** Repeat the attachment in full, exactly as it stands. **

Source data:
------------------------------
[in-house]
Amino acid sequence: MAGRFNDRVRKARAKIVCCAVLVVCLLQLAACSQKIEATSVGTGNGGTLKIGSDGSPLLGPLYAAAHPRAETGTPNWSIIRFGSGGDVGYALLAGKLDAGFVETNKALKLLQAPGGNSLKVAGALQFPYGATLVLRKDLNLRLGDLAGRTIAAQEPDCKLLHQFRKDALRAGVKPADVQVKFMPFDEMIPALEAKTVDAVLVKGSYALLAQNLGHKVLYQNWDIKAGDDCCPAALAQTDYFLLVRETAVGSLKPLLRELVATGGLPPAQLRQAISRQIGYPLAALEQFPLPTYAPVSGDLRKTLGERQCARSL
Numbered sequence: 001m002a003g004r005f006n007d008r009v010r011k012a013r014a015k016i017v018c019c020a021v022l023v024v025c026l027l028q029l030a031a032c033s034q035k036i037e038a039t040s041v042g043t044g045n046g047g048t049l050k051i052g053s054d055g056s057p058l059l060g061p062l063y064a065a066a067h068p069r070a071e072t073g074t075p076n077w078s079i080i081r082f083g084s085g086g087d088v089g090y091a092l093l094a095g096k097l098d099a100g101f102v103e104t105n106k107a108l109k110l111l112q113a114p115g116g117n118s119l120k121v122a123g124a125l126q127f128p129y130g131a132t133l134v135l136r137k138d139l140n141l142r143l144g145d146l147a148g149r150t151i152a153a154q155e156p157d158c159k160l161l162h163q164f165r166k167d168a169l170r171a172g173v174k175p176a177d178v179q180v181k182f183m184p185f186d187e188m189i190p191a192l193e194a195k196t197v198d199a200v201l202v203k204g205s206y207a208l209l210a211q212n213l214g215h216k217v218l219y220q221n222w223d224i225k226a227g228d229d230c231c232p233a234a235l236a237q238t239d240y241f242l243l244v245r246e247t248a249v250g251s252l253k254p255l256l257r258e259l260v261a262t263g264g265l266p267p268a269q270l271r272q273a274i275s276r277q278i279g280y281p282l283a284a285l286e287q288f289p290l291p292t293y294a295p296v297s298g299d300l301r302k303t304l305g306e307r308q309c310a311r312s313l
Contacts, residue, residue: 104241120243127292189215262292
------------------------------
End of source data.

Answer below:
[in-house]
Amino acid sequence: MAGRFNDRVRKARAKIVCCAVLVVCLLQLAACSQKIEATSVGTGNGGTLKIGSDGSPLLGPLYAAAHPRAETGTPNWSIIRFGSGGDVGYALLAGKLDAGFVETNKALKLLQAPGGNSLKVAGALQFPYGATLVLRKDLNLRLGDLAGRTIAAQEPDCKLLHQFRKDALRAGVKPADVQVKFMPFDEMIPALEAKTVDAVLVKGSYALLAQNLGHKVLYQNWDIKAGDDCCPAALAQTDYFLLVRETAVGSLKPLLRELVATGGLPPAQLRQAISRQIGYPLAALEQFPLPTYAPVSGDLRKTLGERQCARSL
Numbered sequence: 001m002a003g004r005f006n007d008r009v010r011k012a013r014a015k016i017v018c019c020a021v022l023v024v025c026l027l028q029l030a031a032c033s034q035k036i037e038a039t040s041v042g043t044g045n046g047g048t049l050k051i052g053s054d055g056s057p058l059l060g061p062l063y064a065a066a067h068p069r070a071e072t073g074t075p076n077w078s079i080i081r082f083g084s085g086g087d088v089g090y091a092l093l094a095g096k097l098d099a100g101f102v103e104t105n106k107a108l109k110l111l112q113a114p115g116g117n118s119l120k121v122a123g124a125l126q127f128p129y130g131a132t133l134v135l136r137k138d139l140n141l142r143l144g145d146l147a148g149r150t151i152a153a154q155e156p157d158c159k160l161l162h163q164f165r166k167d168a169l170r171a172g173v174k175p176a177d178v179q180v181k182f183m184p185f186d187e188m189i190p191a192l193e194a195k196t197v198d199a200v201l202v203k204g205s206y207a208l209l210a211q212n213l214g215h216k217v218l219y220q221n222w223d224i225k226a227g228d229d230c231c232p233a234a235l236a237q238t239d240y241f242l243l244v245r246e247t248a249v250g251s252l253k254p255l256l257r258e259l260v261a262t263g264g265l266p267p268a269q270l271r272q273a274i275s276r277q278i279g280y281p282l283a284a285l286e287q288f289p290l291p292t293y294a295p296v297s298g299d300l301r302k303t304l305g306e307r308q309c310a311r312s313l
Contacts, residue, residue: 104241120243127292189215262292